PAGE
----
Trouble with Transitions: Flexibility and Academic Success

For some people, being mentally flexible comes naturally. A change of plans, an unexpected obstacle, or a new method of doing something are all taken in stride. But for many others, flexibility is a skill that requires time spent practicing in order to develop.

Cognitive flexibility is an executive function directly related to a person’s ability to adjust easily to changes, move from one task to another with ease, adapt to changing conditions and expectations without becoming frustrated, and even problem solve on the spot.

Flexibility and academic success are inextricable. Flexibility is needed for a range of classroom tasks, from problem solving to social interactions. Kids who struggle with this thinking skill may have particular trouble with classroom transitions. Whether it’s walking between classes or classrooms, switching subjects, changing teachers, or even moving from one activity to another, classroom transitions can be truly difficult for some students. Trouble with transitions is very common, especially in children with anxiety, sensory processing disorder, ADHD, and autism spectrum disorder.

Flexibility is important when learning new information, switching between tasks, in trial-and-error situations, and more. Developing cognitive flexibility will help students in a number of academic areas such as:

Reading – Flexibility is an essential skill for reading, especially now that students are being asked to switch between reading traditional printed texts, reading online, watching a video, analyzing an image, etc. Digital texts like the Crack the Books series of interactive textbooks take cognitive flexibility exercise to the next level.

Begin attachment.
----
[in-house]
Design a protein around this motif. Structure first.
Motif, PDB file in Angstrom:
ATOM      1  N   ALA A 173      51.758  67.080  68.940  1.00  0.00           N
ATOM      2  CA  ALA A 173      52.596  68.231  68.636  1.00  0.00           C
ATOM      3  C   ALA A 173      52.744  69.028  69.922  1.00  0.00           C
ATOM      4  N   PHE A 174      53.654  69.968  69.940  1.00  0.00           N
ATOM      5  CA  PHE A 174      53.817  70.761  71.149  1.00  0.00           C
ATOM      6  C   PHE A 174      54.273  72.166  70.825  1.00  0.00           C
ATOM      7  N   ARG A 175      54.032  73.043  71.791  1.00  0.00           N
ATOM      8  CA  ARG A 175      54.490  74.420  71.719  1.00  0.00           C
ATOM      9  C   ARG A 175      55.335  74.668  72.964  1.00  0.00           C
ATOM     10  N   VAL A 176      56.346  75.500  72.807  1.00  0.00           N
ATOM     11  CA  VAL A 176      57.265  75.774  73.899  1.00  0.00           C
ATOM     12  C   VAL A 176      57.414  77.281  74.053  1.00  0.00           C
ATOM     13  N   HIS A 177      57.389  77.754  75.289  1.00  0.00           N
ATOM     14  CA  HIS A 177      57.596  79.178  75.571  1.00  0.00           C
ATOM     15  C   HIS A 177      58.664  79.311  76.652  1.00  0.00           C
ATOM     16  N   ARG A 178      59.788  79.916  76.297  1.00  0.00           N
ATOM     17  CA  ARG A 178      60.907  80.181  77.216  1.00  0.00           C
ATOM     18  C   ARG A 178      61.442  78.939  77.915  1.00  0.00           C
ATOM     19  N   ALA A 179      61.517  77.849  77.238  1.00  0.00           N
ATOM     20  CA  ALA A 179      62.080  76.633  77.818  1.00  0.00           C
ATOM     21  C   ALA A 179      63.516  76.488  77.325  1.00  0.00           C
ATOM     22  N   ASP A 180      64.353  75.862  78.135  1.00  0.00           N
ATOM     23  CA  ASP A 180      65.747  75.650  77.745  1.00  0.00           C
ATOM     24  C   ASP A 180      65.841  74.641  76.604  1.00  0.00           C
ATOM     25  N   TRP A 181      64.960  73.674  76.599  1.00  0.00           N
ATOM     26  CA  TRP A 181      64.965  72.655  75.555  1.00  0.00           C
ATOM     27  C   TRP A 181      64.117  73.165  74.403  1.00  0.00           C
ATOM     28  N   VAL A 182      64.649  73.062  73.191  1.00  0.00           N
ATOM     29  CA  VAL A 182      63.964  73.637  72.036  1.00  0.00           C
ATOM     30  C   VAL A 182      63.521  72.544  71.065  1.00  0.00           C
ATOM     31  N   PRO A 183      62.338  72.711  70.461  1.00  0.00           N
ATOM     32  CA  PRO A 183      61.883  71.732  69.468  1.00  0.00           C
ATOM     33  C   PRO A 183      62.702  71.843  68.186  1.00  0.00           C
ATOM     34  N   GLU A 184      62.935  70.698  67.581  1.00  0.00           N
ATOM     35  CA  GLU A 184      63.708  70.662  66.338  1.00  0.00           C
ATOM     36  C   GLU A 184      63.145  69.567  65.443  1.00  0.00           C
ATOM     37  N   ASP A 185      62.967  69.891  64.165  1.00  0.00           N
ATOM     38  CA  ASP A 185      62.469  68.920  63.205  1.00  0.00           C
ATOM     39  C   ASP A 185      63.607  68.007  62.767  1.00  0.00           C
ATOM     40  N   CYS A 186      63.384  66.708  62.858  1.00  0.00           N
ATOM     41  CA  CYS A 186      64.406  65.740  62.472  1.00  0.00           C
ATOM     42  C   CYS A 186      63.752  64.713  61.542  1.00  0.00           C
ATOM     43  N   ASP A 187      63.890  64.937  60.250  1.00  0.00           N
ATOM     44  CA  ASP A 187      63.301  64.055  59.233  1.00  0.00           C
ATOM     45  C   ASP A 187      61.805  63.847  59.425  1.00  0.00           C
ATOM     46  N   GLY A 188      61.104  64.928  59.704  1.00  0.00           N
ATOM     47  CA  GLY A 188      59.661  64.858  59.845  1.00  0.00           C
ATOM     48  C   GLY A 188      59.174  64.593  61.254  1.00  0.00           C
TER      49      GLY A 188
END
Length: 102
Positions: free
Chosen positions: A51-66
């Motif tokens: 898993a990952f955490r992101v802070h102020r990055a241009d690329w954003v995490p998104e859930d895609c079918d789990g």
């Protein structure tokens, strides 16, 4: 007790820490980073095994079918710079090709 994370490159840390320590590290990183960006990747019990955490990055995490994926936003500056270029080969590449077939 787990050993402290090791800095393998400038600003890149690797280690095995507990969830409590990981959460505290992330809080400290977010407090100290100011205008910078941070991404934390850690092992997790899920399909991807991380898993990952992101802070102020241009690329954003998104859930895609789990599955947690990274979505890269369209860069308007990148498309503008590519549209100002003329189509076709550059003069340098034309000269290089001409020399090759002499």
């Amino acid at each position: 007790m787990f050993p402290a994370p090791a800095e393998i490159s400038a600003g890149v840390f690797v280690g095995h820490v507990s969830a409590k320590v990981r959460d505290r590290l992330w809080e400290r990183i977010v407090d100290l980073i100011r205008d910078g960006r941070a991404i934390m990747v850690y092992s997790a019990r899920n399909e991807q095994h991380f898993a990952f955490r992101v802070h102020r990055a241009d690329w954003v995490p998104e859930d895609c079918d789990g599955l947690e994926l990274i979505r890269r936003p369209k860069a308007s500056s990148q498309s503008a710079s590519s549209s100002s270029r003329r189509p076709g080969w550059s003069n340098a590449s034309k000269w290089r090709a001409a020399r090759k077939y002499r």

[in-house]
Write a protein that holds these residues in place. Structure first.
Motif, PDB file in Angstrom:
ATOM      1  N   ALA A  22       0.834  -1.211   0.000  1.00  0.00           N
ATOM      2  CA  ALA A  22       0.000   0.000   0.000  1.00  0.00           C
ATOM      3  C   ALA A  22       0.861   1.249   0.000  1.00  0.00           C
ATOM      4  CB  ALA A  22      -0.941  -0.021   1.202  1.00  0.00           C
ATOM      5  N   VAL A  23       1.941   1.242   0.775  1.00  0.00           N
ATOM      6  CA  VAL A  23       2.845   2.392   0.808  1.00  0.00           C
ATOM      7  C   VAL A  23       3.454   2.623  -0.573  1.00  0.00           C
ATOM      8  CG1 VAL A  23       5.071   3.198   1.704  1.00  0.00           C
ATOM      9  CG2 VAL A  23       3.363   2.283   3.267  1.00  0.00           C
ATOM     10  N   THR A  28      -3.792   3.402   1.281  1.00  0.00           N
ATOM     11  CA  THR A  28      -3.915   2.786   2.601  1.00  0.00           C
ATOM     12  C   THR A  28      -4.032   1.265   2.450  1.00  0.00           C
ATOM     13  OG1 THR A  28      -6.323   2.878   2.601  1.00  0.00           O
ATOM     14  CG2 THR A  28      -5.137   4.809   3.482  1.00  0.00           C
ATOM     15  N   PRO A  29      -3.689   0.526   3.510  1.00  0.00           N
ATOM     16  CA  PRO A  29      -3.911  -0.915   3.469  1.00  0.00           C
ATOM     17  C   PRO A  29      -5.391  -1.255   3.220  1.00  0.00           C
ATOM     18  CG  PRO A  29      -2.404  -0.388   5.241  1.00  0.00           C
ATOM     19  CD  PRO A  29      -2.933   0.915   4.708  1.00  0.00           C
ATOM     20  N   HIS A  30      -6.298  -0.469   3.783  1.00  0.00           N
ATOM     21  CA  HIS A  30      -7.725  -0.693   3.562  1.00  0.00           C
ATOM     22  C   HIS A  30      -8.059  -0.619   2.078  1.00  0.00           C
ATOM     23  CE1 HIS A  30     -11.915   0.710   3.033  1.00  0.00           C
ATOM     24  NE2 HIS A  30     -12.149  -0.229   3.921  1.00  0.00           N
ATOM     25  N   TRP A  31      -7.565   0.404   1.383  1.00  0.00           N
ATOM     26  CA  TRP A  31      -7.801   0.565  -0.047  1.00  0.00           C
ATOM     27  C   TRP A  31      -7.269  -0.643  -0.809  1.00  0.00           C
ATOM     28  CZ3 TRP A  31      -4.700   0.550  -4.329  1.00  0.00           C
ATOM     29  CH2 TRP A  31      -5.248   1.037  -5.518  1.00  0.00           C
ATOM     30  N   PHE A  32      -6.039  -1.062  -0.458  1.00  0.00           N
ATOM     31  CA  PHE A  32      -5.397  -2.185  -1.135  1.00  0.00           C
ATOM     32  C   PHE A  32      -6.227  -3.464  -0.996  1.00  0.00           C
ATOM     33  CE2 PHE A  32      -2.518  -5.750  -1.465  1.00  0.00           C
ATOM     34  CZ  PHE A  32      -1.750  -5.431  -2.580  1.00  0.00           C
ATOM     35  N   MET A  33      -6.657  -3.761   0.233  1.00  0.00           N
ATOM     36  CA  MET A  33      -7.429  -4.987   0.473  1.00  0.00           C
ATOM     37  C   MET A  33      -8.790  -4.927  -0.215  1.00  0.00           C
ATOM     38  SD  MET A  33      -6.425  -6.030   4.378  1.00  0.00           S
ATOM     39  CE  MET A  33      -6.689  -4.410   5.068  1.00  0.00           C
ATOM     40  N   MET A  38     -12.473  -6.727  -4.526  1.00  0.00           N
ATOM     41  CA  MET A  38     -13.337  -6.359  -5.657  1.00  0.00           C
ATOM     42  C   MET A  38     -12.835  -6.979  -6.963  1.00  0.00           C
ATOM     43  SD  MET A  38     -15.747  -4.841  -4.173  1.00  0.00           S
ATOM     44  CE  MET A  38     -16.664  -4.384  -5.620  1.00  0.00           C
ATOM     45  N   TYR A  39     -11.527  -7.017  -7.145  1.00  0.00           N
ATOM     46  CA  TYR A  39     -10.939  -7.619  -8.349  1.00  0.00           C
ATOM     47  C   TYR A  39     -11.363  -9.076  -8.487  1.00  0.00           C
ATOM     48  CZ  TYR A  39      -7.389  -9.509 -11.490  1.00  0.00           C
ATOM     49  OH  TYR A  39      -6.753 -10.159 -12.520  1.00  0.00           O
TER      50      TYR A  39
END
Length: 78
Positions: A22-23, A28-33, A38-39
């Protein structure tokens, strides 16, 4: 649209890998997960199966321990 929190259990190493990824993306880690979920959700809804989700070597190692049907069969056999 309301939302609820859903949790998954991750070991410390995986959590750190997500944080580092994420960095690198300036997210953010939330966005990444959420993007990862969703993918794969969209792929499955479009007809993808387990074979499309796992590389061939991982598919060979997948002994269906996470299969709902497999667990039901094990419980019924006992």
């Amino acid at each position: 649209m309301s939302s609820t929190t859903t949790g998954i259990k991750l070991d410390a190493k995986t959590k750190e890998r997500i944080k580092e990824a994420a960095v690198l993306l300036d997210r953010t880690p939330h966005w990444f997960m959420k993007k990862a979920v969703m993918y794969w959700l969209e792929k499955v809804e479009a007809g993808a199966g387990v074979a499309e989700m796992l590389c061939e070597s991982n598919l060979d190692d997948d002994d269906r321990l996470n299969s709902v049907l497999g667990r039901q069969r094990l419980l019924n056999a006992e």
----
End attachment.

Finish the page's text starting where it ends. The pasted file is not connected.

Math – Shifting between different styles and groups of problems, such as work problems and equations, is hard mental work. Math requires kids to constantly shift strategies or approaches when they need to solve a problem. Flexibility also helps students switch between modes of representation such as written sentences, charts or graphs, or equations.

Writing – Flexibility is helpful in this area as kids learn to edit their work. Revising requires students possess a willingness to see mistakes and make changes. Kids also have to be flexible when switching between writing different topics, genres, and even writing in different subject areas.

An easy and effective way to help kids build flexibility is to nurture and engage them in their love of games, apps, and technology. Video games give kids the opportunity to develop flexibility and other thinking skills in an environment that is not only fun and immersive, but also safe. Virtually all video games require players to be flexible, shift their thinking, and adjust their gameplay strategies with each new level in order to advance or beat the game. Games give kids no choice but to learn from their mistakes, shift their approach, handle frustration, and develop creative solutions to problems and challenges.

Even games that have very little direction or guidelines, though frustrating at first for some, provide kids with an opportunity to dive right into play, learn as they go, learn from their mistakes, and think on their feet. These kinds of games allow kids to partake in the closest thing to free play that can be had in a digital environment.

Exercises like yoga, stretching, martial arts, and other sports improve physical flexibility as well as cognitive flexibility. Active games like those found in the Kinect Sports and Wii Sports series, Exercise or even exercise games can help kids handle stress more effectively as well!

Developing cognitive flexibility will help kids both in school and out. To find more games that can build flexibility and other executive functions, see our vast archive of Playbooks and App+ reviews.


Featured image: Flickr user {Just Jennifer}

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